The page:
Ill Say Yes The Brooklyn Tabernacle Choir
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Ill Say Yes The Brooklyn Tabernacle Choir
Join the 290 voice Brooklyn Tabernacle Choir and a vast congregation of fervent, worshipers as they fill the sanctuary with heartfelt praise and worship. Combining a selection of new and favorite songs, this six-time Grammy Award - winning choir leads this live worship event with the distinctly Brooklyn Tabernacle sound. This recording will inspire listeners to enter into the presence of the living God and to respond to the call of Christ with a resounding YES.
This 60 minute documentary combines the music of the choir with powerfully moving stories from lives transformed by the power of God. Behind-the-scenes footage with comments from choir director, Carol Cymbala are also included.
But the choir was not always such a large ensemble. It actually began with nine people in the mid-1970s. Soon the small choir became a vital part of the worship services of The Brooklyn Tabernacle. In the early 1980s Carol felt a desire to make a recording to bless the people of the congregation. When she had trouble finding enough material that would lift up the greatness of God, Carol began to write songs herself. The funds for the production of the first choir recording were raised by the choir members themselves who pre-sold albums to their friends and family members. The choir ended up raising enough funds to cover the rental of a large studio for one night, during which all of the sound tracks, vocals, and solos had to be recorded. What a joy it was for those early choir members to distribute that first album to their friends and loved ones!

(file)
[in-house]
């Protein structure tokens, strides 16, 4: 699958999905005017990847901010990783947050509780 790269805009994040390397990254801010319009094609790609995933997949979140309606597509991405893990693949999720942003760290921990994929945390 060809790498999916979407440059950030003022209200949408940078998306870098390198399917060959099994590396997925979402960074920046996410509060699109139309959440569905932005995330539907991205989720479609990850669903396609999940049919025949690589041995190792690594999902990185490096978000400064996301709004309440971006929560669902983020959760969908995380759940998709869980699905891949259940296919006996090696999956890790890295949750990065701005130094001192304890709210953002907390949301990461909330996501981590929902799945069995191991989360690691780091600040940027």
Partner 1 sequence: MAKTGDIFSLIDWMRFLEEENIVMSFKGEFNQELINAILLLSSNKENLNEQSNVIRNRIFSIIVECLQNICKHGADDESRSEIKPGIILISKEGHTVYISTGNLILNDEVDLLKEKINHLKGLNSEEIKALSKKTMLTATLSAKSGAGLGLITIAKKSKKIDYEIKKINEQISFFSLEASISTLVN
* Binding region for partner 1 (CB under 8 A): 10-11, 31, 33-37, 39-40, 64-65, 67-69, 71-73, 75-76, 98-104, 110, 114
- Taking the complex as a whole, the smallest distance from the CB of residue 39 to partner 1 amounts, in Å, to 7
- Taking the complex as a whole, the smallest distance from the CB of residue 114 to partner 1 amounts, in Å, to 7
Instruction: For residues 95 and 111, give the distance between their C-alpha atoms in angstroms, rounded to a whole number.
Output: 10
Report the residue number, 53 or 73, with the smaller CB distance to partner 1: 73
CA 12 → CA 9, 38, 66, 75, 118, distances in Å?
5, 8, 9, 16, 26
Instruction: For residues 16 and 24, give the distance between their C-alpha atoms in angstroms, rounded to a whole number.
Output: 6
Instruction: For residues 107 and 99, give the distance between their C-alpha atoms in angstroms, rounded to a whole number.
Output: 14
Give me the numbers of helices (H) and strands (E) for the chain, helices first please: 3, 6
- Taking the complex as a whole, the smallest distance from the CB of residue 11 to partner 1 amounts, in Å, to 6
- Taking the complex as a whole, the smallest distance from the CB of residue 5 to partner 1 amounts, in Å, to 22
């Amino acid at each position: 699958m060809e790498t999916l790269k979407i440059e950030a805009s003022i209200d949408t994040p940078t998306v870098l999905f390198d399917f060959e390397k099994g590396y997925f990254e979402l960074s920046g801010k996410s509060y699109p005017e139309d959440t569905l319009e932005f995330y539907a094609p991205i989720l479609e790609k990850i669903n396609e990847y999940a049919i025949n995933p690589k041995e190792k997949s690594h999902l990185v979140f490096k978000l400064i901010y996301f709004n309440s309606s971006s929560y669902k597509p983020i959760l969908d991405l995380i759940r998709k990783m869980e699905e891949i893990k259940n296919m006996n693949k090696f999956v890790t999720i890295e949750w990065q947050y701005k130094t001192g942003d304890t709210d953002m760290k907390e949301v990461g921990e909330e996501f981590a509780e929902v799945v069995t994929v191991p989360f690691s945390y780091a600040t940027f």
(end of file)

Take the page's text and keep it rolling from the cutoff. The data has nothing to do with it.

Cymbala: We came from humble beginnings in a small church in downtown Brooklyn. I began with nine voices, and as the church began to grow, so did the choir. Today we have close to 300 singers lifting their voices in praise to our God.